Goods that were too heavy or bulky to be transported by pack horse over the Bridle Path were shipped by small sailing vessels some eight miles (13 km) by water around the coast and up the Avon Heathcote Estuary to Ferrymead. New Zealand's first public railway line, the Ferrymead Railway, opened from Ferrymead to Christchurch in 1863. Due to the difficulties in travelling over the Port Hills and the dangers associated with shipping navigating the Sumner bar, a railway tunnel was built through the Port Hills to Lyttelton, opening in 1867.[13]

ChristChurch Cathedral (pictured in the c. 1880s) was constructed between 1864 and 1904.

Christchurch became a city by royal charter on 31 July 1856, the first in New Zealand. Many of the city's Gothic Revival buildings by architect Benjamin Mountfort date from this period. Christchurch was the seat of provincial administration for the Province of Canterbury, which was abolished in 1876. Christchurch buildings were damaged by earthquakes in 1869, 1881 and 1888.[14]

1900–2000

First ever aerial photograph of Christchurch taken by Leslie Hinge, 1918

In 1947, New Zealand's worst fire disaster occurred at Ballantyne's Department Store in the inner city, with 41 people killed in a blaze which razed the rambling collection of buildings.[15]

The Lyttelton road tunnel between Lyttelton and Christchurch was opened in 1964.[16]

Christchurch hosted the 1974 British Commonwealth Games.

Modern history

2010–2012 earthquakes

The collapsed Pyne Gould Building. Thirty of the building's two hundred workers were trapped within the building following the February 2011 earthquake.[17]

On Saturday 4 September 2010, a magnitude 7.1 earthquake struck Christchurch and the central Canterbury region at 4:35 am. With its epicentre near Darfield, west of the city at a depth of 10 kilometres (6.2 mi), it caused widespread damage to the city and minor injuries, but no direct fatalities.[18][19]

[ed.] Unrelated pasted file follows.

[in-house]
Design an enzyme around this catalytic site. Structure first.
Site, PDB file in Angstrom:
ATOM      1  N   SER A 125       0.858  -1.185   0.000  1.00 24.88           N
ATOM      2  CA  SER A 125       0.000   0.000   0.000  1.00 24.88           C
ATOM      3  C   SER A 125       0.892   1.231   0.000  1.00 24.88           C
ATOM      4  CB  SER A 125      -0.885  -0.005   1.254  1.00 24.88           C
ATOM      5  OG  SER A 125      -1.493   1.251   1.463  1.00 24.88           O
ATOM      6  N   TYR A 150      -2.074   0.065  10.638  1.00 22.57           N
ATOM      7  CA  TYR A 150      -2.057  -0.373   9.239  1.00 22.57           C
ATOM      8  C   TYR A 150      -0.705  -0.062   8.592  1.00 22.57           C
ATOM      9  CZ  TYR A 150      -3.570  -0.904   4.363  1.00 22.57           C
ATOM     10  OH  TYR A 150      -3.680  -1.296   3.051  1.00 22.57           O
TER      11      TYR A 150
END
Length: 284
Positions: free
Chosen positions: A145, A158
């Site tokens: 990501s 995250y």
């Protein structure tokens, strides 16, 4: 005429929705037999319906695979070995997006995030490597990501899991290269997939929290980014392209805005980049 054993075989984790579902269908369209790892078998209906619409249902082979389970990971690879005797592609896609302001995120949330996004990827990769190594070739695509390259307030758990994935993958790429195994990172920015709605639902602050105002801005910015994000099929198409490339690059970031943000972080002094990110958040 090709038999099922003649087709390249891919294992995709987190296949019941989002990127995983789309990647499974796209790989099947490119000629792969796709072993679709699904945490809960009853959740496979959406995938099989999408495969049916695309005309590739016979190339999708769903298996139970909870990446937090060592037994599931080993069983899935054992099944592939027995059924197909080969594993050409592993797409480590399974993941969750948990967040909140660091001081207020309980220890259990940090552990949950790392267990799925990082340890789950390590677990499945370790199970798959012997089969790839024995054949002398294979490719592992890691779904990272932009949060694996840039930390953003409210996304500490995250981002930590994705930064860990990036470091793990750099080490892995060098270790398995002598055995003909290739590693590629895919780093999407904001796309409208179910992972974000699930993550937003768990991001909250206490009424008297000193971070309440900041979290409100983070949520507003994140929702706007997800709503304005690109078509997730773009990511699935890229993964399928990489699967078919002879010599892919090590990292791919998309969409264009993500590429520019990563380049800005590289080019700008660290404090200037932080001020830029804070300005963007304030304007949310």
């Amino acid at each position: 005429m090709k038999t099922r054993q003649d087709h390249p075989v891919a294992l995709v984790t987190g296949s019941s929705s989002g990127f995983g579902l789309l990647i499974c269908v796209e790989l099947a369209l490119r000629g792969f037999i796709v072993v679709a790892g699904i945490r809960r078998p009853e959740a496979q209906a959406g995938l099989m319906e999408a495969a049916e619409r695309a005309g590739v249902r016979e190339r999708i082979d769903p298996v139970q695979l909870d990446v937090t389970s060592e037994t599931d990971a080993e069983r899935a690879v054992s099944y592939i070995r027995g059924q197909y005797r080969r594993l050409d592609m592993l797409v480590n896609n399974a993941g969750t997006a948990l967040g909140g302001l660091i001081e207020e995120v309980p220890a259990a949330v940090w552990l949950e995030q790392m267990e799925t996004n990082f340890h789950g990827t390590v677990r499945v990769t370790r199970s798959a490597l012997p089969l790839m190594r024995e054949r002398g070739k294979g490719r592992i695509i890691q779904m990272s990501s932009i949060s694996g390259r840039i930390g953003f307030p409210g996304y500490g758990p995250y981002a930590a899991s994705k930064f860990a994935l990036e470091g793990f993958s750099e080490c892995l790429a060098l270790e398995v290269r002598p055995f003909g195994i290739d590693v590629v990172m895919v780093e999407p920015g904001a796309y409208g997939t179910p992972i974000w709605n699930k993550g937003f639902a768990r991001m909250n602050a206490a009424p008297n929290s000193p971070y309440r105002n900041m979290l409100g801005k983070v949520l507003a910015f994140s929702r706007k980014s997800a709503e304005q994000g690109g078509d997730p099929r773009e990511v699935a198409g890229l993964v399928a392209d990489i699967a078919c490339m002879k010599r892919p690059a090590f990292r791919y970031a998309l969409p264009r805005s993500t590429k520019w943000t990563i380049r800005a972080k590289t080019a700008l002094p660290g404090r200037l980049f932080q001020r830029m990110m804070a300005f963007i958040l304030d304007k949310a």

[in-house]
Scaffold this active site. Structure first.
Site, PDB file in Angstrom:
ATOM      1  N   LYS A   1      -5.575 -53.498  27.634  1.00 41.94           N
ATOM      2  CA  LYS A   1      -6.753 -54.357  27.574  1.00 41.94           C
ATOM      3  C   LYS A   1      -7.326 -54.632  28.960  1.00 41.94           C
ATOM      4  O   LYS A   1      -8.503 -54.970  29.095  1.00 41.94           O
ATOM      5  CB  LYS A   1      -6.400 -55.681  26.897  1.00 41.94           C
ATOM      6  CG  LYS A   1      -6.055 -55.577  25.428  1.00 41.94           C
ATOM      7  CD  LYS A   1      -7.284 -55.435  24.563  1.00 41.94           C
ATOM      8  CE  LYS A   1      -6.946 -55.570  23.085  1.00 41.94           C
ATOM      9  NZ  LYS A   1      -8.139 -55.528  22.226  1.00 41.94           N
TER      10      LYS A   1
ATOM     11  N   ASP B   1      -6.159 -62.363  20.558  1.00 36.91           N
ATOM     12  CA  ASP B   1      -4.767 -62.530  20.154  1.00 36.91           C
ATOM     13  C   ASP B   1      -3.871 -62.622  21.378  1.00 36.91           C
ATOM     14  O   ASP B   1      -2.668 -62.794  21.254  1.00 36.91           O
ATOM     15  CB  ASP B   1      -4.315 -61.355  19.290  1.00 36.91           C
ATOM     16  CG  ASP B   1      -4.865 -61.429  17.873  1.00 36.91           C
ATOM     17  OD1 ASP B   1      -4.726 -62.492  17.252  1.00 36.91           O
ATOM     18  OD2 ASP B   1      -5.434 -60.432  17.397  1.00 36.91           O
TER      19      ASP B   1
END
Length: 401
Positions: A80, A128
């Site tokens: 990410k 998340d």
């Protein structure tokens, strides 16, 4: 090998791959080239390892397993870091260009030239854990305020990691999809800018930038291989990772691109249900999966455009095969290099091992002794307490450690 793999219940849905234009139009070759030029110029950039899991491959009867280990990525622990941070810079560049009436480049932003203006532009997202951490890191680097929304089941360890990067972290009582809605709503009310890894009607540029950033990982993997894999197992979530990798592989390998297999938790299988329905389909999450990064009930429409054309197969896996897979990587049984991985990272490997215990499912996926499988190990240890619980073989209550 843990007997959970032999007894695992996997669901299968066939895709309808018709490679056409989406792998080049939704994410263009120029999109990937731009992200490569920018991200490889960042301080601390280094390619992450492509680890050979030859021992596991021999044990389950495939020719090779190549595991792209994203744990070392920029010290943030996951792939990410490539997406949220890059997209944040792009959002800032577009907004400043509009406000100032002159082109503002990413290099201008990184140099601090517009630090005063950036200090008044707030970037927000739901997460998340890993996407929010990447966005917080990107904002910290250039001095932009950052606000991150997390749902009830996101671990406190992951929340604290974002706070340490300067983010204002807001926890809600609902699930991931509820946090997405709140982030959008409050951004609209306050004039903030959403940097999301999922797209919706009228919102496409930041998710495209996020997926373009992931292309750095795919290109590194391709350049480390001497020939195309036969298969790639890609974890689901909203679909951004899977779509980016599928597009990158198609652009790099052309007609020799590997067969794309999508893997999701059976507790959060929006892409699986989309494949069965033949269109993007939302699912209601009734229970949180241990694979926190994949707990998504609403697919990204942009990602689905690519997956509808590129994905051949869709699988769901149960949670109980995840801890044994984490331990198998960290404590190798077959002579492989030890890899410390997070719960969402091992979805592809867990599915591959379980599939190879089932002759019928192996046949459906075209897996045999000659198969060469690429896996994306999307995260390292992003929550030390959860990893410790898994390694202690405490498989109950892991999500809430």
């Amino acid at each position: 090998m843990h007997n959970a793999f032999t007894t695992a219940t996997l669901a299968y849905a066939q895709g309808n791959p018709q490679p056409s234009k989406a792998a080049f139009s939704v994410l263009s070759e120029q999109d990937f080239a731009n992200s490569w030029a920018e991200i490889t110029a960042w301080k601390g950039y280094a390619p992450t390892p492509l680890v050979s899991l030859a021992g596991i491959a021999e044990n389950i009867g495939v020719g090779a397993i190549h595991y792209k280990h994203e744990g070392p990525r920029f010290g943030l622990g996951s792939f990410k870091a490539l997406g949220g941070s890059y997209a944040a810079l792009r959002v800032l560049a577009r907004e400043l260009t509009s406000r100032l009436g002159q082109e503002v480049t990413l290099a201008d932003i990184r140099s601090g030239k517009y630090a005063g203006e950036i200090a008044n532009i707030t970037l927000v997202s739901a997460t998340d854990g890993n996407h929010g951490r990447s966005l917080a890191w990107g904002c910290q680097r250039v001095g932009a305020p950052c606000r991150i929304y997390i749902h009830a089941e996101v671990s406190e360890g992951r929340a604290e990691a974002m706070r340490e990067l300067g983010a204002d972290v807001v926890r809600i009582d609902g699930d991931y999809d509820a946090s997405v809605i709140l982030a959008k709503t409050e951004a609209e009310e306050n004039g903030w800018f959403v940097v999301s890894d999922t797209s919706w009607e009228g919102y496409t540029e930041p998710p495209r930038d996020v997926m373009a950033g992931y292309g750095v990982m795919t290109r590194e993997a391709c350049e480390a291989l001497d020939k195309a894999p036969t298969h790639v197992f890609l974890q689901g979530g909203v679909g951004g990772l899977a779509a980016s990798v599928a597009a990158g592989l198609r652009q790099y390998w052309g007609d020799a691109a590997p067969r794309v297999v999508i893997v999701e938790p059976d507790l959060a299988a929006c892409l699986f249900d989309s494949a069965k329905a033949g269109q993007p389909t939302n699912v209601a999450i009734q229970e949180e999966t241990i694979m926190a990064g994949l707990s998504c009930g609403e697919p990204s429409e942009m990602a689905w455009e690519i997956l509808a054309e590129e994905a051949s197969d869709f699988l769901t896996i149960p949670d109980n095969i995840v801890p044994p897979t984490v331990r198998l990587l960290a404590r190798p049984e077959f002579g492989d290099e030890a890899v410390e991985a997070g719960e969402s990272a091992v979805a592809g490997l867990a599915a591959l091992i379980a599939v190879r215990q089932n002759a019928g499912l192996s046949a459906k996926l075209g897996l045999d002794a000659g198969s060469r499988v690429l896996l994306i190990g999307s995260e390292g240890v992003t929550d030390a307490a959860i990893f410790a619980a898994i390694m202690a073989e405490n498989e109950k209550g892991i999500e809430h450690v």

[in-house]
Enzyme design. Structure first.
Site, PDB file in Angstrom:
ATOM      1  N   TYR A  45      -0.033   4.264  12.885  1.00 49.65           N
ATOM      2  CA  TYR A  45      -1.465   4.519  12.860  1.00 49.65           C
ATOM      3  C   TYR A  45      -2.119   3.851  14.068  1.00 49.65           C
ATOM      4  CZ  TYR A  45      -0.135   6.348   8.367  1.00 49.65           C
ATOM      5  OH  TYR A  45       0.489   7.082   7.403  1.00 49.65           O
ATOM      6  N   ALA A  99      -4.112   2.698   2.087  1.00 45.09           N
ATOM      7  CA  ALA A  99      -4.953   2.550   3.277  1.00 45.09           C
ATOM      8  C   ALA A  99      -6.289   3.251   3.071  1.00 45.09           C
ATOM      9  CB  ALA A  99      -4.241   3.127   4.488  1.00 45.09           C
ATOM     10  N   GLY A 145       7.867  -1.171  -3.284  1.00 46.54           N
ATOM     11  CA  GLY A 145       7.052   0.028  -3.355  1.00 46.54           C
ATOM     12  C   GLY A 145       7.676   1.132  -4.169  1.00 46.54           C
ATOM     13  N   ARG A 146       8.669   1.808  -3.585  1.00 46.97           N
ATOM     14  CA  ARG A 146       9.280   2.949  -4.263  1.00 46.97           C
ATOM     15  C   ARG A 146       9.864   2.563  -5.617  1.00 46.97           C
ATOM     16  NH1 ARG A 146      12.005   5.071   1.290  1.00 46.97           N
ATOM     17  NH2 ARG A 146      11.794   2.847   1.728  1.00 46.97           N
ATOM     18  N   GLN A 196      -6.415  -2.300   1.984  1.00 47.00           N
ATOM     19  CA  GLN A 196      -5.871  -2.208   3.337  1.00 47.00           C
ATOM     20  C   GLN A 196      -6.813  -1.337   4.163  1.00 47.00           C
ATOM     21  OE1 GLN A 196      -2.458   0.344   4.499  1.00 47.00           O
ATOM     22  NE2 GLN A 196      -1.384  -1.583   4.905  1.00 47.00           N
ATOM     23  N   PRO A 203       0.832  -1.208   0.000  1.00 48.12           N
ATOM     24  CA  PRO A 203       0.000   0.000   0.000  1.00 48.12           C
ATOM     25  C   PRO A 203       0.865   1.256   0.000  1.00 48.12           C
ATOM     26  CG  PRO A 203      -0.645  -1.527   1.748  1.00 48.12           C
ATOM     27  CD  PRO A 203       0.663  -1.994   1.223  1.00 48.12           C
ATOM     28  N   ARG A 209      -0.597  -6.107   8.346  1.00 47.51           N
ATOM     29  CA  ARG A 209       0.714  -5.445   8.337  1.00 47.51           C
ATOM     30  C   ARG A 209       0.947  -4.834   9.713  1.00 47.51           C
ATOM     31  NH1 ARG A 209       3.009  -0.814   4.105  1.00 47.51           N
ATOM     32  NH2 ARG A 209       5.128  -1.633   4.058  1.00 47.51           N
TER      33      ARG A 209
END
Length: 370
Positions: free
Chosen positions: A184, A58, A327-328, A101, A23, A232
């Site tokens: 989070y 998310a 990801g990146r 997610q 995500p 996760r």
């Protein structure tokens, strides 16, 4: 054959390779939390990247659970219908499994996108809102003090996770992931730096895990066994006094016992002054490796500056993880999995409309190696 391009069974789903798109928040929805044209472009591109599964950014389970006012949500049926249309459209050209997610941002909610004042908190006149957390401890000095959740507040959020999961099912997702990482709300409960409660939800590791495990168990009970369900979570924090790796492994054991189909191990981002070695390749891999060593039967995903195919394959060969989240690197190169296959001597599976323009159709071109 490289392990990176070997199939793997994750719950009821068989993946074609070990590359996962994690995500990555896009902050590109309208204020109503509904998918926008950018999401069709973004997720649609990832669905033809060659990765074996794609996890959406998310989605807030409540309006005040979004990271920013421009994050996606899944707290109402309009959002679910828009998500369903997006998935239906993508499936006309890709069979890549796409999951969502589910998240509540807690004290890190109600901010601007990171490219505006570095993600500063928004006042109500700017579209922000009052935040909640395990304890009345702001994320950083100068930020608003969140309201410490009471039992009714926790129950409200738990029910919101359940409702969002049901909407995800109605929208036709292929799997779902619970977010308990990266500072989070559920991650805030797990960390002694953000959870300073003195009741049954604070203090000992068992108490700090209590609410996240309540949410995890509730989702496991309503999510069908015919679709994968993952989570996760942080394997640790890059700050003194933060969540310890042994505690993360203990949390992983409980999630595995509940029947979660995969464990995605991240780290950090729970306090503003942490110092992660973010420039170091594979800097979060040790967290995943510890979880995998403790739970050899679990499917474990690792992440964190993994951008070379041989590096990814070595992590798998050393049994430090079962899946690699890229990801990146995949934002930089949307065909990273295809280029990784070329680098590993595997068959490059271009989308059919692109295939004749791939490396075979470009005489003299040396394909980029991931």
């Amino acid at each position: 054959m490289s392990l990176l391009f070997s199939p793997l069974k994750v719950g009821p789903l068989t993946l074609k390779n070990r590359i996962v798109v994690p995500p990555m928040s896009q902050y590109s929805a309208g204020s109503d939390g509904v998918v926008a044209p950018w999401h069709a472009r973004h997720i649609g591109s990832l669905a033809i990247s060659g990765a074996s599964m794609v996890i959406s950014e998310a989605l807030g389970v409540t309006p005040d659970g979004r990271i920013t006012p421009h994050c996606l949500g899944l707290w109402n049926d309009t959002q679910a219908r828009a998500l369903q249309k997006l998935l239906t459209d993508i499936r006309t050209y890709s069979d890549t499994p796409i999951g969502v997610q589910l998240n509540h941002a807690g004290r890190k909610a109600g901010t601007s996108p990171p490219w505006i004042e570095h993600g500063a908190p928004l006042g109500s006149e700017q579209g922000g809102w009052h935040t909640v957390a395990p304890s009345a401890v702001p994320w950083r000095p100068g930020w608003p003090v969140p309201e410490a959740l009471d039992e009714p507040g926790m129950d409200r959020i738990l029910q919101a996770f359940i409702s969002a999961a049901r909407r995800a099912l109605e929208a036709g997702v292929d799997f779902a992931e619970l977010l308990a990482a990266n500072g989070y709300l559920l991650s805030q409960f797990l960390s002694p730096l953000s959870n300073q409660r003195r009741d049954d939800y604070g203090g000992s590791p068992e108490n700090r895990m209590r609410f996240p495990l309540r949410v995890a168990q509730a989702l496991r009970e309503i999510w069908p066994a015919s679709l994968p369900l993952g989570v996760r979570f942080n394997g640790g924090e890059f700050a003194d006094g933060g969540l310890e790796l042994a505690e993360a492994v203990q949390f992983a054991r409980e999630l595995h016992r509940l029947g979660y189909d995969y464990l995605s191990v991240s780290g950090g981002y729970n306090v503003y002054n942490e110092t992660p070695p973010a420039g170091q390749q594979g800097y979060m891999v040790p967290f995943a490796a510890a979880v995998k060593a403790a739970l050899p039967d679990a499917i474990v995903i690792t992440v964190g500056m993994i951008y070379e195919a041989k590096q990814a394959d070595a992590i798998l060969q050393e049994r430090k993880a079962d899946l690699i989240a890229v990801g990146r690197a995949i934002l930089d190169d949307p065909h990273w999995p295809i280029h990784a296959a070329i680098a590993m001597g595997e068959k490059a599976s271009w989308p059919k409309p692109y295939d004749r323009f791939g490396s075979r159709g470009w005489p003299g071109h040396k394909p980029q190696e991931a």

Nearly six months later on Tuesday 22 February 2011, a second earthquake measuring magnitude 6.3 struck the city at 12:51 pm. Its epicentre was located closer to the city, near Lyttelton at a depth of 5 km (3 mi).[20] Although lower on the moment magnitude scale than the previous earthquake, the intensity and violence of the ground shaking was measured to be IX (Violent), among the strongest ever recorded globally in an urban area[21] and 185 people were killed.[22][23] People from more than 20 countries were among the victims.[24] The city's ChristChurch Cathedral was severely damaged and lost its spire.[25][26] The collapse of the CTV Building resulted in the majority of fatalities. Widespread damage across Christchurch resulted in loss of homes, major buildings and infrastructure. Significant liquefaction affected the eastern suburbs, and the total cost to insurers of rebuilding has been estimated at NZ$20–30 billion.[27][28]

There were continuing aftershocks for some time, with 4,558 above a magnitude 3.0 recorded in the Canterbury region from 4 September 2010 to 3 September 2014.[29] Particularly large events on 13 June 2011,[30] 23 December 2011,[31][32][33] and 2 January 2012[34] all caused further damage and minor injuries; but no further deaths. Following the earthquakes over 1500 buildings in the city had been demolished or partly demolished by September 2013.[35]

Cherry blossom trees in Spring bloom and a historic water wheel, located on a small island in the Avon River at the corner of Oxford Terrace and Hereford Street, in the city centre